See what I mean? Core satisfaction mechanic utterly destroyed.

Or.. maybe not.  Whenever I see a mechanic and the first thing I think is - "How could the developers not see how wrong this is?  How broken this makes the game?" - the first thing I do is to try to look for a deeper, more subtle purpose.  I think perhaps I'm not seeing the bigger picture.  And maybe that's the case here.  For instance - it's clear (at least to me) that Diablo III is not a single game - it's an online franchise.  Those always-on (or mostly always on, ahem servers are not cheap to build, service, and maintain.  For all intents and purposes, Diablo III is a free-to-play multiplayer online game.  And so far anyway, beyond the purchase of the initial game - the only revenue source Blizzard has set up to keep those servers running, to keep the live-team paid, and to keep patches and enhancements and expansions coming - are those real-money auction house transactions.  For the players that play the game over and over - the ones they built those servers for - they are relying on those players making use of that auction house for their revenue.

And though I have only dabbled in Nightmare mode - everyone that I personally know that is in Hell mode or beyond - has already made use of the auction house in one way or another to supplant their gear.  Which leads me to believe that the difficulty ramp is intentionally set so that once you leave normal mode, the difficulty design is built not around you being able to progress using random-drop, but rather built around assuming you are using the auction house to buy best-of-slot gear for your character, to the extent that you can afford.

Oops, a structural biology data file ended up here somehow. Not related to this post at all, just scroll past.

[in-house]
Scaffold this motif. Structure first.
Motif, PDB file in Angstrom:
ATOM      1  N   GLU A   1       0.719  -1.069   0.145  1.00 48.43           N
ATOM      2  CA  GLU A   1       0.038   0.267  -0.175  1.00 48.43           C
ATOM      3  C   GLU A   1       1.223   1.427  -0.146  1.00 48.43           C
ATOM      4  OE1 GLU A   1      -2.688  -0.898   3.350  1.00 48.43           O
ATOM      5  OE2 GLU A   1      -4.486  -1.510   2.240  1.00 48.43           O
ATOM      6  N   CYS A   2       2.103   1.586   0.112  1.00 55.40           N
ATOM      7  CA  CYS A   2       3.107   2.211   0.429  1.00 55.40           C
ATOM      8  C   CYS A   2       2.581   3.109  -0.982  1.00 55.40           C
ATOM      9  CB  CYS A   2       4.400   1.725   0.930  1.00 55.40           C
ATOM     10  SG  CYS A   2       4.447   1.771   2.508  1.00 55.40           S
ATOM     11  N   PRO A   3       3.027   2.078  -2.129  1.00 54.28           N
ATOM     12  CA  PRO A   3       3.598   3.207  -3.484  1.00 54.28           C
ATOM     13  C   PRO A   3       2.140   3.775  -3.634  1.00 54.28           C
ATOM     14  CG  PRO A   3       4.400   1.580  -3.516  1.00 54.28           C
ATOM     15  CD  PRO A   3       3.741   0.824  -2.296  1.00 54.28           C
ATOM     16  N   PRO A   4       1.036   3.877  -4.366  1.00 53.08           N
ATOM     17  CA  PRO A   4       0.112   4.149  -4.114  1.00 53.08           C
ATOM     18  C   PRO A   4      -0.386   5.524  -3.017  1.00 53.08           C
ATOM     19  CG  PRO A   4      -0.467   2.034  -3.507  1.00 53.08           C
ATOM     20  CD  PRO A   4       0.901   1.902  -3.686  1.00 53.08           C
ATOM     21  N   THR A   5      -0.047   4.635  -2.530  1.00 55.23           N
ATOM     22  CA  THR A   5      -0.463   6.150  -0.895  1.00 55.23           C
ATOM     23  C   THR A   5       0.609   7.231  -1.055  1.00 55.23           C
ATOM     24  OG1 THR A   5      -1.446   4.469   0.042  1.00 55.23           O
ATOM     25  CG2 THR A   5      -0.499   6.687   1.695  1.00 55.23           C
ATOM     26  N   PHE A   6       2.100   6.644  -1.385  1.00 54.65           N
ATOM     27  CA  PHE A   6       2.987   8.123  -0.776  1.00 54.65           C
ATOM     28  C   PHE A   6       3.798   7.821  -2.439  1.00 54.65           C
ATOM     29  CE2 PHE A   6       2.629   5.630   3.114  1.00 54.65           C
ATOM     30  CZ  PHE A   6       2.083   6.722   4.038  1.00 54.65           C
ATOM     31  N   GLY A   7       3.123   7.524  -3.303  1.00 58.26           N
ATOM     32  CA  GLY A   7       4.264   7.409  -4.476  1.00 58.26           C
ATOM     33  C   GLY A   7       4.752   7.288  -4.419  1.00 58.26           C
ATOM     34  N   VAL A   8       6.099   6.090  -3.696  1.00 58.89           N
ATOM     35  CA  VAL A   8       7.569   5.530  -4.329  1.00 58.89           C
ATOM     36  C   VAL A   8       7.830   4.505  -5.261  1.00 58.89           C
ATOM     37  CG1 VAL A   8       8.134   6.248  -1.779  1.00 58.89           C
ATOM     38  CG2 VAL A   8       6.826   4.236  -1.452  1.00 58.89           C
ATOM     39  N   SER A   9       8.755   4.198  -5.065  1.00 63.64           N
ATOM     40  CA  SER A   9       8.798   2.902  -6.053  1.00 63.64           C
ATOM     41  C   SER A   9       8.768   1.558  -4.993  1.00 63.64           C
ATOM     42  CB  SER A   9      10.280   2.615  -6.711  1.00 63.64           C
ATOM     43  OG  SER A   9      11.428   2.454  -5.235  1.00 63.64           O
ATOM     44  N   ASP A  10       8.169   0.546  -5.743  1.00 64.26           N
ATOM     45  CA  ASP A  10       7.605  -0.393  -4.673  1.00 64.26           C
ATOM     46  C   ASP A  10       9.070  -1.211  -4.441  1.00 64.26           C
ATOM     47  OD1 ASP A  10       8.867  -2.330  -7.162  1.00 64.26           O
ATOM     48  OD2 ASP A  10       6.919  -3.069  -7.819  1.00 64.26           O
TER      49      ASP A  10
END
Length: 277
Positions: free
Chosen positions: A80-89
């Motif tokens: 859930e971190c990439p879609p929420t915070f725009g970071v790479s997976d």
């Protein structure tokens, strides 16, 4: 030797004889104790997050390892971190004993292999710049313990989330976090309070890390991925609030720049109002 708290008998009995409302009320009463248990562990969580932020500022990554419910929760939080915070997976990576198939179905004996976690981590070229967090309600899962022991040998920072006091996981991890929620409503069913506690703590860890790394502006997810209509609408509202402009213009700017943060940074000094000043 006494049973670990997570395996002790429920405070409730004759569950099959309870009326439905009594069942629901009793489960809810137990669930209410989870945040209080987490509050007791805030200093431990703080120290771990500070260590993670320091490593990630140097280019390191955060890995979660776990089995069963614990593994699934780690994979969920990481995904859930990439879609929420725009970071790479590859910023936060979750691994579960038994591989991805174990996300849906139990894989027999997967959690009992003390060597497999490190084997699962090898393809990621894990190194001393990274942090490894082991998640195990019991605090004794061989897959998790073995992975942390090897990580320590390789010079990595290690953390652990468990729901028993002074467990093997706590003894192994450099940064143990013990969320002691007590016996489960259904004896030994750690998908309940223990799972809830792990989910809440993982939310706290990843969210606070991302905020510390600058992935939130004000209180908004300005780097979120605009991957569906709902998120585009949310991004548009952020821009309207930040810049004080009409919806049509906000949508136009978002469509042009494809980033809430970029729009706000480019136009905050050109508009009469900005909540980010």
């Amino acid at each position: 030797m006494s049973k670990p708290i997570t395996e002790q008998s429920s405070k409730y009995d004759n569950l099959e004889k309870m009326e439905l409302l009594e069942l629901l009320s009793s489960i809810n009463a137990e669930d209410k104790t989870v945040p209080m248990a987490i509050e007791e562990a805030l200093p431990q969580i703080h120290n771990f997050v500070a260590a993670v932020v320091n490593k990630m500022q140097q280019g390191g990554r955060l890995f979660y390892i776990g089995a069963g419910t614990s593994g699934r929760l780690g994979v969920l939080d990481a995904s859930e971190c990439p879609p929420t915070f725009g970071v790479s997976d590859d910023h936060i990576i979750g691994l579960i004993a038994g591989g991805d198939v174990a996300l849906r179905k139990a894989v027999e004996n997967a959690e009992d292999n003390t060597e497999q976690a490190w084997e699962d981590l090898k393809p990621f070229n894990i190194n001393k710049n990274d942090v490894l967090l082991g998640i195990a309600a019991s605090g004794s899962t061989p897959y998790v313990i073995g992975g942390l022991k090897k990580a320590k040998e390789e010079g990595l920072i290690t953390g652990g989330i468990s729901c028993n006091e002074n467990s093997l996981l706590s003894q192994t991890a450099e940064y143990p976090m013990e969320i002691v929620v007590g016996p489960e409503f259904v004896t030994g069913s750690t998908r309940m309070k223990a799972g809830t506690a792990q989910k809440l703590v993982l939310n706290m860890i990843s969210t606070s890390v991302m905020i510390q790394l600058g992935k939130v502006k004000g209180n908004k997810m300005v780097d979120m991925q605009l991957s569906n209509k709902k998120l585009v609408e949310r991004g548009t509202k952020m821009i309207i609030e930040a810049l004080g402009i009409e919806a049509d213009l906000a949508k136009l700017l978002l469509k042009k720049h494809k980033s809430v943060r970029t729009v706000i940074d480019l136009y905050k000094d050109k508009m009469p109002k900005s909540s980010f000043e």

So though in the early stages of the game, the auction house certainly kills that rush of adrenaline from getting an awesome drop - I suspect Blizzard knows about it - but doesn't mind too much.  That that part of the fun, in the same way that some people considered making inventory decisions about identify and town portal scrolls fun - is okay to be lost - sloughed off like some vestigial limb in the wake of the needs for the New Diablo franchise - the always on, always connected - online service.

I do know this: the real-money auction house opening has been delayed twice, as of this writing.  Many people have speculated it's because of technical limitation, of reports of people's accounts being hacked - and making sure they have every security loophole closed.  And I certainly think those are some of the reasons why as well.  But I also speculate that the reasons for the delay are not entirely technical.  I suspect they are watching the existing auction house transactions very closely, and are harvesting reams of information about how much and how often characters are using auction-house items to progress in their game, how fast prices are falling, and how willing players are to put their items up for certain price thresholds. And most importantly - how powerful players are being able to make their characters.  Because when the real-money auction does launch, I suspect the design will actually be much more tightly tuned than we think.  But it won't be tuned around the old Diablo fun - the random loot drop.  It will be tuned around the expectations and availability of the auction house market economy.